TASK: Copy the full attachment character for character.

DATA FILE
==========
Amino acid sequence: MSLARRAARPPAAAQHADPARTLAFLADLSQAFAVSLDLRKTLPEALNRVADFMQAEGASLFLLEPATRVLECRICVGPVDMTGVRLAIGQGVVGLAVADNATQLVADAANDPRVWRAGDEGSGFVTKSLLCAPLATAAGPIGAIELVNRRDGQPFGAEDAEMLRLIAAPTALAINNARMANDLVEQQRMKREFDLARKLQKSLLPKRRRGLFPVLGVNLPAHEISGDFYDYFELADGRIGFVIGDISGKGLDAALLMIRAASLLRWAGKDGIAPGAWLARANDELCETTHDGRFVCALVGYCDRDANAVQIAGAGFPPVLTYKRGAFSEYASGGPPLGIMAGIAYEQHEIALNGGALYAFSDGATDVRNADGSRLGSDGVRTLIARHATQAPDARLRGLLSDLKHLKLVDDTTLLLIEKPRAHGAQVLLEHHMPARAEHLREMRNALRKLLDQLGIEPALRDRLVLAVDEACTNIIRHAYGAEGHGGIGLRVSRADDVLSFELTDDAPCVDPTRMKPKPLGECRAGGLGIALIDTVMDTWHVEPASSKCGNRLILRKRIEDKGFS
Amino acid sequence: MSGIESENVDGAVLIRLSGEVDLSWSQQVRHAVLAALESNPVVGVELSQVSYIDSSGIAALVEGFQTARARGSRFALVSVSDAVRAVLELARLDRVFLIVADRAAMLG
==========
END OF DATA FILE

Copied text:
Amino acid sequence: MSLARRAARPPAAAQHADPARTLAFLADLSQAFAVSLDLRKTLPEALNRVADFMQAEGASLFLLEPATRVLECRICVGPVDMTGVRLAIGQGVVGLAVADNATQLVADAANDPRVWRAGDEGSGFVTKSLLCAPLATAAGPIGAIELVNRRDGQPFGAEDAEMLRLIAAPTALAINNARMANDLVEQQRMKREFDLARKLQKSLLPKRRRGLFPVLGVNLPAHEISGDFYDYFELADGRIGFVIGDISGKGLDAALLMIRAASLLRWAGKDGIAPGAWLARANDELCETTHDGRFVCALVGYCDRDANAVQIAGAGFPPVLTYKRGAFSEYASGGPPLGIMAGIAYEQHEIALNGGALYAFSDGATDVRNADGSRLGSDGVRTLIARHATQAPDARLRGLLSDLKHLKLVDDTTLLLIEKPRAHGAQVLLEHHMPARAEHLREMRNALRKLLDQLGIEPALRDRLVLAVDEACTNIIRHAYGAEGHGGIGLRVSRADDVLSFELTDDAPCVDPTRMKPKPLGECRAGGLGIALIDTVMDTWHVEPASSKCGNRLILRKRIEDKGFS
Amino acid sequence: MSGIESENVDGAVLIRLSGEVDLSWSQQVRHAVLAALESNPVVGVELSQVSYIDSSGIAALVEGFQTARARGSRFALVSVSDAVRAVLELARLDRVFLIVADRAAMLG